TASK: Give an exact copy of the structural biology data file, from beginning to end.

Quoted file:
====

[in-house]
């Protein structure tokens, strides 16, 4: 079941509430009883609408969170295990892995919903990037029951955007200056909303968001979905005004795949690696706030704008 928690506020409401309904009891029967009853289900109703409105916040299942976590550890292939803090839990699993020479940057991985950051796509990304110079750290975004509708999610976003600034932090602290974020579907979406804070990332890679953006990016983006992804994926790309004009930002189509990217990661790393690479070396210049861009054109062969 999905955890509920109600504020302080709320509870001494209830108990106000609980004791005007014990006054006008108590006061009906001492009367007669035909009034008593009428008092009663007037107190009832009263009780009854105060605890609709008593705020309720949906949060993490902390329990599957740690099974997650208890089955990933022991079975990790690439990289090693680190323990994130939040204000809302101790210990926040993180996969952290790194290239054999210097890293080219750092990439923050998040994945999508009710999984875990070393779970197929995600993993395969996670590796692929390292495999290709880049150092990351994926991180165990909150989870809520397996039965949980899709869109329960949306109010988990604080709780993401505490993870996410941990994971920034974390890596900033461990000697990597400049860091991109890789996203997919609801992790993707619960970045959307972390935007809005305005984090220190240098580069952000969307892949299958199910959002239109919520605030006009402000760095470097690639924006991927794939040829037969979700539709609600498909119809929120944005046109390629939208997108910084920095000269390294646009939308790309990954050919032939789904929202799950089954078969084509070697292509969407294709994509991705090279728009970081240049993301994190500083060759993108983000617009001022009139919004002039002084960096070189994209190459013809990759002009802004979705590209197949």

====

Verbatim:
[in-house]
């Protein structure tokens, strides 16, 4: 079941509430009883609408969170295990892995919903990037029951955007200056909303968001979905005004795949690696706030704008 928690506020409401309904009891029967009853289900109703409105916040299942976590550890292939803090839990699993020479940057991985950051796509990304110079750290975004509708999610976003600034932090602290974020579907979406804070990332890679953006990016983006992804994926790309004009930002189509990217990661790393690479070396210049861009054109062969 999905955890509920109600504020302080709320509870001494209830108990106000609980004791005007014990006054006008108590006061009906001492009367007669035909009034008593009428008092009663007037107190009832009263009780009854105060605890609709008593705020309720949906949060993490902390329990599957740690099974997650208890089955990933022991079975990790690439990289090693680190323990994130939040204000809302101790210990926040993180996969952290790194290239054999210097890293080219750092990439923050998040994945999508009710999984875990070393779970197929995600993993395969996670590796692929390292495999290709880049150092990351994926991180165990909150989870809520397996039965949980899709869109329960949306109010988990604080709780993401505490993870996410941990994971920034974390890596900033461990000697990597400049860091991109890789996203997919609801992790993707619960970045959307972390935007809005305005984090220190240098580069952000969307892949299958199910959002239109919520605030006009402000760095470097690639924006991927794939040829037969979700539709609600498909119809929120944005046109390629939208997108910084920095000269390294646009939308790309990954050919032939789904929202799950089954078969084509070697292509969407294709994509991705090279728009970081240049993301994190500083060759993108983000617009001022009139919004002039002084960096070189994209190459013809990759002009802004979705590209197949």